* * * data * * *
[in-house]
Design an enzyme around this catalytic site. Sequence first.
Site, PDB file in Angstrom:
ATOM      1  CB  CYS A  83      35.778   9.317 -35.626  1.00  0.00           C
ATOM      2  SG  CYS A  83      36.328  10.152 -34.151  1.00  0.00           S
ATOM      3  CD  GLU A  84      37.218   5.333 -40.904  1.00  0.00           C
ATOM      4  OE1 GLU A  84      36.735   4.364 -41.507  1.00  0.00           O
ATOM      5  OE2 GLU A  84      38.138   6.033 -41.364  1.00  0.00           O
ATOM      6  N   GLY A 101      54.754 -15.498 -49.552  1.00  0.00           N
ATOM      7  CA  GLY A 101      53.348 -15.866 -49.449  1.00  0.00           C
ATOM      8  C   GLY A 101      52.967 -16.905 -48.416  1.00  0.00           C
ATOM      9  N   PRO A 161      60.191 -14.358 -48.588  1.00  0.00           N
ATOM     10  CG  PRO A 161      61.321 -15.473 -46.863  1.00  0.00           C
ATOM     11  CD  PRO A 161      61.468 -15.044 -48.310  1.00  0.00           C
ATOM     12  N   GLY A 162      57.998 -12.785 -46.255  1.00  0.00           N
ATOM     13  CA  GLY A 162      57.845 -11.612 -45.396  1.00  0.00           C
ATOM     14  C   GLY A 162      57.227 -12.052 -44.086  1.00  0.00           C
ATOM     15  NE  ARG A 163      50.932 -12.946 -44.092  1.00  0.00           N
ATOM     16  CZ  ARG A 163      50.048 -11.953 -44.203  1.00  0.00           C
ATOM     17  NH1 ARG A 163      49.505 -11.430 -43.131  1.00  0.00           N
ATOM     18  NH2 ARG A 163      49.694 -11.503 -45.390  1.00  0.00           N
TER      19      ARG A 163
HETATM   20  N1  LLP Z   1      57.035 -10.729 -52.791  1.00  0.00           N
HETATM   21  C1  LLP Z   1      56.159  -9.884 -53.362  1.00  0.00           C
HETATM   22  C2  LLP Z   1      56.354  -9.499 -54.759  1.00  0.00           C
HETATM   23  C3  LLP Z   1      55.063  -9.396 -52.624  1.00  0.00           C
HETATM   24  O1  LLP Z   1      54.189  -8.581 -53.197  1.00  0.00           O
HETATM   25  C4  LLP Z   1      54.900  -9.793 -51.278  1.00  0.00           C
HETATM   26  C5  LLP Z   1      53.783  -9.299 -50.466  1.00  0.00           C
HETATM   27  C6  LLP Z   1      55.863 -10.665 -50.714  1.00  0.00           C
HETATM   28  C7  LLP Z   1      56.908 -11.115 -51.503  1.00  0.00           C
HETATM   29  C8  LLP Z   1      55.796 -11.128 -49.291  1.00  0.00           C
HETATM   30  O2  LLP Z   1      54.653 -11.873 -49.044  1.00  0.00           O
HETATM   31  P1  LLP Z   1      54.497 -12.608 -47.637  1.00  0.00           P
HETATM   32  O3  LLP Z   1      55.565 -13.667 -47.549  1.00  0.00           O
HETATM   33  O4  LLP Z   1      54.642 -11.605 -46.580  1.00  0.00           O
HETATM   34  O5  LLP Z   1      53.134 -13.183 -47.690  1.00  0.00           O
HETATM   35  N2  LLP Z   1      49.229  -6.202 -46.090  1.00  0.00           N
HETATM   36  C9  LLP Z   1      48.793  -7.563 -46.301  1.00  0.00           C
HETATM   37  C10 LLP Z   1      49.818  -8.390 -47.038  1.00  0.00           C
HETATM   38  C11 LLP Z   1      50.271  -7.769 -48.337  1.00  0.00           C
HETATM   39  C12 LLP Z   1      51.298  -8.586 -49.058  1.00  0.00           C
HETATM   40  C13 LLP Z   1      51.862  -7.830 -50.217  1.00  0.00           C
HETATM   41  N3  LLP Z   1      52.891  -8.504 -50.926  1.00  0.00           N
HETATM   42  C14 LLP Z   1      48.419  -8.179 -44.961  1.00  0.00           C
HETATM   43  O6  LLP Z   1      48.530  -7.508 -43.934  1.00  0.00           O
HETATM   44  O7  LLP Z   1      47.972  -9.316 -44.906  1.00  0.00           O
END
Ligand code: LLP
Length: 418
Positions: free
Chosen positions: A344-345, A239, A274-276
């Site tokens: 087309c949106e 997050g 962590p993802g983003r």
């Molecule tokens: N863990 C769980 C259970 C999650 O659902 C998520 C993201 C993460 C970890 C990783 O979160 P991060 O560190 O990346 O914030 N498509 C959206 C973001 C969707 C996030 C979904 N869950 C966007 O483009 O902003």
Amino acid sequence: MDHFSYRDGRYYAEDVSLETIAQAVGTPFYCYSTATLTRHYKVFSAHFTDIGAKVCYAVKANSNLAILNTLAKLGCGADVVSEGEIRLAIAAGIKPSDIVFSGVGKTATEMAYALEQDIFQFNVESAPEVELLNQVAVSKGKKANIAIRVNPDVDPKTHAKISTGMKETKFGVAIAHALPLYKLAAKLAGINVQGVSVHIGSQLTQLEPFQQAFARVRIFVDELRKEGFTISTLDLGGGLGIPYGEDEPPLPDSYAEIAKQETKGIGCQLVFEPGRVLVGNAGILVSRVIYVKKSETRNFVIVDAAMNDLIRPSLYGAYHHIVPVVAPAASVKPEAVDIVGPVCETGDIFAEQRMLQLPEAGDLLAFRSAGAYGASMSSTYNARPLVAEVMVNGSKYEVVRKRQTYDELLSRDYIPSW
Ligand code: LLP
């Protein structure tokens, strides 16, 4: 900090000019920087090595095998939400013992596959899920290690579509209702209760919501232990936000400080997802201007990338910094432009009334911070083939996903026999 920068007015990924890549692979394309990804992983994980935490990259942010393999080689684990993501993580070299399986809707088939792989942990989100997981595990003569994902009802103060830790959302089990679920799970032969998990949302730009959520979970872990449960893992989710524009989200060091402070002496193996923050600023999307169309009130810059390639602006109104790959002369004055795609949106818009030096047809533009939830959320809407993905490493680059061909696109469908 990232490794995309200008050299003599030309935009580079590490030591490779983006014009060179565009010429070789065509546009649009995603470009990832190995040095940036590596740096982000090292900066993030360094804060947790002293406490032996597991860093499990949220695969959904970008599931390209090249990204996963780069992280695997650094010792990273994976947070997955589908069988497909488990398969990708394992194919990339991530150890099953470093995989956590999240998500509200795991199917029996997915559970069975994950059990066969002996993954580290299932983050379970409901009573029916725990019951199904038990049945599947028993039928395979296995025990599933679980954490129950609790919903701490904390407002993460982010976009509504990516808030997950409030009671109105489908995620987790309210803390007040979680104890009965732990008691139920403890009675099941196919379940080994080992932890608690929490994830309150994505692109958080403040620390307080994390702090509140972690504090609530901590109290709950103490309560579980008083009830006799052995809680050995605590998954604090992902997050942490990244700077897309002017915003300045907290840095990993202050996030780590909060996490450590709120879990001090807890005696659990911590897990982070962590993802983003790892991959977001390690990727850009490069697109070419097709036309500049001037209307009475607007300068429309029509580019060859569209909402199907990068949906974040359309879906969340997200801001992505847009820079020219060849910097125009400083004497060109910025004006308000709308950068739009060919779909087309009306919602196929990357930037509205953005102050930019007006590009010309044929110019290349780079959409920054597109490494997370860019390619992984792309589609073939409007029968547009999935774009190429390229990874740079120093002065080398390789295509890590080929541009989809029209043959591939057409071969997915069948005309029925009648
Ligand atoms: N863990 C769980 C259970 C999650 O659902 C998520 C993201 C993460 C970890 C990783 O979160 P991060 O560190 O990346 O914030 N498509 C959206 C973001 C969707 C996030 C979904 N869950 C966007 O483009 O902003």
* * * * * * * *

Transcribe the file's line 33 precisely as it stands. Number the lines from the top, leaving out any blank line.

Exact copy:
HETATM   30  O2  LLP Z   1      54.653 -11.873 -49.044  1.00  0.00           O